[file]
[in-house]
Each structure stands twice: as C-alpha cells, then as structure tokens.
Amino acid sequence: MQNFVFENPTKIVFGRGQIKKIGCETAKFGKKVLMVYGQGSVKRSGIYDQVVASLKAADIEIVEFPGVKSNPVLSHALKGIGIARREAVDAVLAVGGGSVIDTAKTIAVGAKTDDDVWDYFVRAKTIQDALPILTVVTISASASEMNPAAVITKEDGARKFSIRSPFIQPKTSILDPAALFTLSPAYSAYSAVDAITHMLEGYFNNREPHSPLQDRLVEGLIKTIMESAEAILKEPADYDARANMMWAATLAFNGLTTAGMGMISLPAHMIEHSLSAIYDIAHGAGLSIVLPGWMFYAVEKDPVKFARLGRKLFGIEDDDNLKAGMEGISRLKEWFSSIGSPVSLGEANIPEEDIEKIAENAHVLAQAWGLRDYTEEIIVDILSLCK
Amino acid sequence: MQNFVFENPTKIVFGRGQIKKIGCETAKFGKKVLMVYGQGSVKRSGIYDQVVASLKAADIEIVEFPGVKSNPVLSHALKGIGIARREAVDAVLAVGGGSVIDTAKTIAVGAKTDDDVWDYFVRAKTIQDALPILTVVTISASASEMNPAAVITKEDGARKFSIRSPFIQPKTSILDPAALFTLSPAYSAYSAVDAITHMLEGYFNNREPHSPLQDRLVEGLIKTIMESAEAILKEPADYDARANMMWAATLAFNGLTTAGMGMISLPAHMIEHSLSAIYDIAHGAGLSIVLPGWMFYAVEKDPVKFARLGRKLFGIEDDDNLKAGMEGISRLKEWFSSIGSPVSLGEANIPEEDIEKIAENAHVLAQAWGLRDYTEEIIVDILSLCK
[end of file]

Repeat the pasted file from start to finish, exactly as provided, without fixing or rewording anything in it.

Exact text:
[in-house]
Each structure stands twice: as C-alpha cells, then as structure tokens.
Amino acid sequence: MQNFVFENPTKIVFGRGQIKKIGCETAKFGKKVLMVYGQGSVKRSGIYDQVVASLKAADIEIVEFPGVKSNPVLSHALKGIGIARREAVDAVLAVGGGSVIDTAKTIAVGAKTDDDVWDYFVRAKTIQDALPILTVVTISASASEMNPAAVITKEDGARKFSIRSPFIQPKTSILDPAALFTLSPAYSAYSAVDAITHMLEGYFNNREPHSPLQDRLVEGLIKTIMESAEAILKEPADYDARANMMWAATLAFNGLTTAGMGMISLPAHMIEHSLSAIYDIAHGAGLSIVLPGWMFYAVEKDPVKFARLGRKLFGIEDDDNLKAGMEGISRLKEWFSSIGSPVSLGEANIPEEDIEKIAENAHVLAQAWGLRDYTEEIIVDILSLCK
Amino acid sequence: MQNFVFENPTKIVFGRGQIKKIGCETAKFGKKVLMVYGQGSVKRSGIYDQVVASLKAADIEIVEFPGVKSNPVLSHALKGIGIARREAVDAVLAVGGGSVIDTAKTIAVGAKTDDDVWDYFVRAKTIQDALPILTVVTISASASEMNPAAVITKEDGARKFSIRSPFIQPKTSILDPAALFTLSPAYSAYSAVDAITHMLEGYFNNREPHSPLQDRLVEGLIKTIMESAEAILKEPADYDARANMMWAATLAFNGLTTAGMGMISLPAHMIEHSLSAIYDIAHGAGLSIVLPGWMFYAVEKDPVKFARLGRKLFGIEDDDNLKAGMEGISRLKEWFSSIGSPVSLGEANIPEEDIEKIAENAHVLAQAWGLRDYTEEIIVDILSLCK